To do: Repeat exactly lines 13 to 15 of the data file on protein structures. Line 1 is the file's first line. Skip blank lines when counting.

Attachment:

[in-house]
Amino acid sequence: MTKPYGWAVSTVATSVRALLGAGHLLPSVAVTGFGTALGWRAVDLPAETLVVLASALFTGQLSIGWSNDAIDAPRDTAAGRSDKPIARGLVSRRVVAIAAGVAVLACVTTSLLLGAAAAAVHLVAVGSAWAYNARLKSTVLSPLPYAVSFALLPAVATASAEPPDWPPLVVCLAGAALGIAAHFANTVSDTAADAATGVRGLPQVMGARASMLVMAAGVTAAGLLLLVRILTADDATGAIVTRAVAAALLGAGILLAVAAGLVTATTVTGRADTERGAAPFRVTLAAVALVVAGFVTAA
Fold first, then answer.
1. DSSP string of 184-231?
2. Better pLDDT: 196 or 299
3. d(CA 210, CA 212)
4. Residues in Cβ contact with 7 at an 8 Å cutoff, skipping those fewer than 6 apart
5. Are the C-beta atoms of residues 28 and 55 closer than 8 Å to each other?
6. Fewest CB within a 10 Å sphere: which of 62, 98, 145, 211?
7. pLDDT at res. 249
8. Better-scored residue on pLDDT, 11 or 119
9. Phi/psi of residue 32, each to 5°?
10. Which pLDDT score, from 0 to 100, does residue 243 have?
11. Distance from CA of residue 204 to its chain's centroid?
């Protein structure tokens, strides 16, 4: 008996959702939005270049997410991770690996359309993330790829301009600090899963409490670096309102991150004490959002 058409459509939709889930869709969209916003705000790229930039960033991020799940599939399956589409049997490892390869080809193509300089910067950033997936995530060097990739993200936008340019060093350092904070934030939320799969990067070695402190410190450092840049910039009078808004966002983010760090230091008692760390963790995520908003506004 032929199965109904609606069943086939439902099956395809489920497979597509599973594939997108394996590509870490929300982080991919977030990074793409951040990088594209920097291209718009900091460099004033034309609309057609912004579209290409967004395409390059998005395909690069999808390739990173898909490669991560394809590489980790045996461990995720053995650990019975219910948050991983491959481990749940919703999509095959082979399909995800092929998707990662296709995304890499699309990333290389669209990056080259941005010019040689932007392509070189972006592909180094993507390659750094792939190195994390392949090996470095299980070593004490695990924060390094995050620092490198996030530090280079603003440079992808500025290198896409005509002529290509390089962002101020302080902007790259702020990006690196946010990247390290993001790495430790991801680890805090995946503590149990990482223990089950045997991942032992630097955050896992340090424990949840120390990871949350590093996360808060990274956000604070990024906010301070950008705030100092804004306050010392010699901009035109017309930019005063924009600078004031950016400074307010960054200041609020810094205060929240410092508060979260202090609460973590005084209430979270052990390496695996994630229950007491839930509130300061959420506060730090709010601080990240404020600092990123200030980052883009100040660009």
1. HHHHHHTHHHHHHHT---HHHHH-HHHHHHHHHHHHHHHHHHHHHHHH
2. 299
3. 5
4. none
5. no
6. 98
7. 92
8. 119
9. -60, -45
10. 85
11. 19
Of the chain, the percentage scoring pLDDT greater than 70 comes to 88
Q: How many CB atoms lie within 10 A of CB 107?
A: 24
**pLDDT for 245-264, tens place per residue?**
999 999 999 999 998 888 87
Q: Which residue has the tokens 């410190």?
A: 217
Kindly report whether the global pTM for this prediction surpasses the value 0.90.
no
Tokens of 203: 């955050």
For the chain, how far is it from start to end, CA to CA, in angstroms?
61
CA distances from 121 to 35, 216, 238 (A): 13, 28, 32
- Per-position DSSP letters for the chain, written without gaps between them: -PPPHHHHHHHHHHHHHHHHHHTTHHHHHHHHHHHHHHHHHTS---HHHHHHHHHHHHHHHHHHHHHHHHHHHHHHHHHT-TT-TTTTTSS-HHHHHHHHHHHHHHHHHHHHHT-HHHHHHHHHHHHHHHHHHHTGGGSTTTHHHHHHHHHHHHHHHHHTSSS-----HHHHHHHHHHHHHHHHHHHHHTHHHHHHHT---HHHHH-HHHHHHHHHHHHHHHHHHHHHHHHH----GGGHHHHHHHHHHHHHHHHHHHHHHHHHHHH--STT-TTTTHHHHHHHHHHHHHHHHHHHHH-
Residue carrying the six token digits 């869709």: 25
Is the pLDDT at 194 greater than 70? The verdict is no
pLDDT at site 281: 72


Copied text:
10. Which pLDDT score, from 0 to 100, does residue 243 have?
11. Distance from CA of residue 204 to its chain's centroid?
């Protein structure tokens, strides 16, 4: 008996959702939005270049997410991770690996359309993330790829301009600090899963409490670096309102991150004490959002 058409459509939709889930869709969209916003705000790229930039960033991020799940599939399956589409049997490892390869080809193509300089910067950033997936995530060097990739993200936008340019060093350092904070934030939320799969990067070695402190410190450092840049910039009078808004966002983010760090230091008692760390963790995520908003506004 032929199965109904609606069943086939439902099956395809489920497979597509599973594939997108394996590509870490929300982080991919977030990074793409951040990088594209920097291209718009900091460099004033034309609309057609912004579209290409967004395409390059998005395909690069999808390739990173898909490669991560394809590489980790045996461990995720053995650990019975219910948050991983491959481990749940919703999509095959082979399909995800092929998707990662296709995304890499699309990333290389669209990056080259941005010019040689932007392509070189972006592909180094993507390659750094792939190195994390392949090996470095299980070593004490695990924060390094995050620092490198996030530090280079603003440079992808500025290198896409005509002529290509390089962002101020302080902007790259702020990006690196946010990247390290993001790495430790991801680890805090995946503590149990990482223990089950045997991942032992630097955050896992340090424990949840120390990871949350590093996360808060990274956000604070990024906010301070950008705030100092804004306050010392010699901009035109017309930019005063924009600078004031950016400074307010960054200041609020810094205060929240410092508060979260202090609460973590005084209430979270052990390496695996994630229950007491839930509130300061959420506060730090709010601080990240404020600092990123200030980052883009100040660009």